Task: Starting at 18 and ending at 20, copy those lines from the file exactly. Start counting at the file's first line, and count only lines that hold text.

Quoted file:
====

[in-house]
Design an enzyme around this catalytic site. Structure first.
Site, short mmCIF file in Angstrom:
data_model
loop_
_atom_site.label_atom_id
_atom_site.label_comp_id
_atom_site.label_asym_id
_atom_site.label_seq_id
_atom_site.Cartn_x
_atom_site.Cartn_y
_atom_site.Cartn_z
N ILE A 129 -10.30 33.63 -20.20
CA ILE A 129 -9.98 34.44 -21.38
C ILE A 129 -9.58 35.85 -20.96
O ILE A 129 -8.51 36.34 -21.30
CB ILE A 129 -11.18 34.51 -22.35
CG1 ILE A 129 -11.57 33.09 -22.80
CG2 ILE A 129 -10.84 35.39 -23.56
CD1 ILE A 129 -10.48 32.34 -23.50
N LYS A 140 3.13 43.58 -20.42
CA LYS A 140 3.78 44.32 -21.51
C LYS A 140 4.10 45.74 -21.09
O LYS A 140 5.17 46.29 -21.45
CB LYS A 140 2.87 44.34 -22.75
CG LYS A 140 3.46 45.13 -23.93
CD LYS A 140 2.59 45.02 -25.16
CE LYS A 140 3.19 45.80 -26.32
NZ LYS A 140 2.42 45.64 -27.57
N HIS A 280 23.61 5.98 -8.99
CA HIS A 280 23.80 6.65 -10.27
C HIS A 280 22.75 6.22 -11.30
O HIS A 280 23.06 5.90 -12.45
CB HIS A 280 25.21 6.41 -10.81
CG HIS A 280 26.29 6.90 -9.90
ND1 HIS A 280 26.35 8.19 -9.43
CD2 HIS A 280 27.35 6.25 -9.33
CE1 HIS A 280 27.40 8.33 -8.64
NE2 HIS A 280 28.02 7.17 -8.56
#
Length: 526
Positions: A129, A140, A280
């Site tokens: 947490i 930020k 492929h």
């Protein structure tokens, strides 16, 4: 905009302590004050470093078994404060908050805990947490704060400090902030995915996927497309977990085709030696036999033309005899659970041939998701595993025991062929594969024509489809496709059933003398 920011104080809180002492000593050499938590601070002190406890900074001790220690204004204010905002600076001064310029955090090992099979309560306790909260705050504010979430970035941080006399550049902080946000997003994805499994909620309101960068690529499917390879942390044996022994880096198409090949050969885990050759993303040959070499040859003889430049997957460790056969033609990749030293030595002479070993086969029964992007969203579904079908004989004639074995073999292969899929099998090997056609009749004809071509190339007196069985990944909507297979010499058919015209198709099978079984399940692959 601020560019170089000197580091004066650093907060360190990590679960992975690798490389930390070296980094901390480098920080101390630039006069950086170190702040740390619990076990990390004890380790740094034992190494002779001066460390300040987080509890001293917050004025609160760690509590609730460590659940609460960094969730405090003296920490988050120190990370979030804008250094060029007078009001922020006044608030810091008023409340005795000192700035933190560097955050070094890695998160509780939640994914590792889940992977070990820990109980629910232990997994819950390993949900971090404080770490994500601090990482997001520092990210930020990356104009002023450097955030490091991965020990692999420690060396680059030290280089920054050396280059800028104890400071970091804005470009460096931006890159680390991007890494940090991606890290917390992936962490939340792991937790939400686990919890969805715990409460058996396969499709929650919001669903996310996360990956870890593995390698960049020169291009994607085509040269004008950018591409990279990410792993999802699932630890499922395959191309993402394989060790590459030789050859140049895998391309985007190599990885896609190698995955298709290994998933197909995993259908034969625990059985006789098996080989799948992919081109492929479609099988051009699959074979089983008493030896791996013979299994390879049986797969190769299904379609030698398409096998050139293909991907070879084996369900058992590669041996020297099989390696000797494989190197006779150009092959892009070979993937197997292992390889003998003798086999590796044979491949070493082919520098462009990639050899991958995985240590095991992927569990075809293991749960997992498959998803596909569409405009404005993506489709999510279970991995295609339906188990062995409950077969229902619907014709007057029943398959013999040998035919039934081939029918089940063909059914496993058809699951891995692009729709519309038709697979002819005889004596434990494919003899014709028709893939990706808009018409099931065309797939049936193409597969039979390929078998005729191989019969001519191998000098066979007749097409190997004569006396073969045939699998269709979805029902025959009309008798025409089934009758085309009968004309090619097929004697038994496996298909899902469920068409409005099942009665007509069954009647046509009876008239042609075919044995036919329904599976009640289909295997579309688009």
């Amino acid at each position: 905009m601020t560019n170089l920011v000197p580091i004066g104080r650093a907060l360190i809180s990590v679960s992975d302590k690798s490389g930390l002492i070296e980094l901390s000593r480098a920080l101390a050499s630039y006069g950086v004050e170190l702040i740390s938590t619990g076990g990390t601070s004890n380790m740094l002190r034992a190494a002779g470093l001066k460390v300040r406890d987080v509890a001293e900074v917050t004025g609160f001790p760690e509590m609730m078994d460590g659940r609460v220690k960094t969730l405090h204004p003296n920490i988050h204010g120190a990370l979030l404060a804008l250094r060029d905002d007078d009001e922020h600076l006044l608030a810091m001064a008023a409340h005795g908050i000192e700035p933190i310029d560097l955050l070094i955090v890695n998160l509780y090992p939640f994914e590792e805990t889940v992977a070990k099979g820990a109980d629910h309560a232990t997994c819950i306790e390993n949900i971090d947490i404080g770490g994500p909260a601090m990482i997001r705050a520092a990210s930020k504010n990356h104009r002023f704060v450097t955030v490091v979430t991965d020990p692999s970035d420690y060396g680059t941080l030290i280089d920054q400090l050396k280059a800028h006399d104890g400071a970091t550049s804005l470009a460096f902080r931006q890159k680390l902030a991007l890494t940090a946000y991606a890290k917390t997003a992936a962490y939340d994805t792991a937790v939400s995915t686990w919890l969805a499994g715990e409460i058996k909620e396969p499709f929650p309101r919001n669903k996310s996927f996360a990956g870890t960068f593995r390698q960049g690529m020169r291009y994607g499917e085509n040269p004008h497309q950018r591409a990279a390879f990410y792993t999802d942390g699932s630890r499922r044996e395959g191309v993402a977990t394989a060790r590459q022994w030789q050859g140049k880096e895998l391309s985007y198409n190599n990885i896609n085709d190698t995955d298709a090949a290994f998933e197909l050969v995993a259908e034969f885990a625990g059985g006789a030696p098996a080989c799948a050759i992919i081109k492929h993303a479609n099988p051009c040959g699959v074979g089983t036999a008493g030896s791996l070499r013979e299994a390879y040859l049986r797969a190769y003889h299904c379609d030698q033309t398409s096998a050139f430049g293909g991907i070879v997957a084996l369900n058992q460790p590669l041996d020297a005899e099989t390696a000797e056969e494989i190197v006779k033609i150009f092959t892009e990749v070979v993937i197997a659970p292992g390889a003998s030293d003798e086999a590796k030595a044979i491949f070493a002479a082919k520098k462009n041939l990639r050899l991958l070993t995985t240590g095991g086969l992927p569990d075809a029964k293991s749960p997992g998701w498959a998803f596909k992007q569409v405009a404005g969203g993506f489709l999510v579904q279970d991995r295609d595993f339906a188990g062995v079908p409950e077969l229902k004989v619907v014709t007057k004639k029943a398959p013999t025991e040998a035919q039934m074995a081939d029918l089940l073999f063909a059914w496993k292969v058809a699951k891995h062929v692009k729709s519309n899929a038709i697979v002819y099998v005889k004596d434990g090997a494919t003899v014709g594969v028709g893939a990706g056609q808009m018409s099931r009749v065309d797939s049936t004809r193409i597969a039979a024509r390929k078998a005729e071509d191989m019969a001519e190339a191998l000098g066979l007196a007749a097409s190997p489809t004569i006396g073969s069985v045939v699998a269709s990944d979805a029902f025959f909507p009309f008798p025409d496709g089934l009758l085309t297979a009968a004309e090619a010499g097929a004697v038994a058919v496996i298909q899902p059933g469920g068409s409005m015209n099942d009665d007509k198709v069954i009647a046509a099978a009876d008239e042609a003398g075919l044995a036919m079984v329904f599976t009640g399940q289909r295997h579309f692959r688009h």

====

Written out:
CG1 ILE A 129 -11.57 33.09 -22.80
CG2 ILE A 129 -10.84 35.39 -23.56
CD1 ILE A 129 -10.48 32.34 -23.50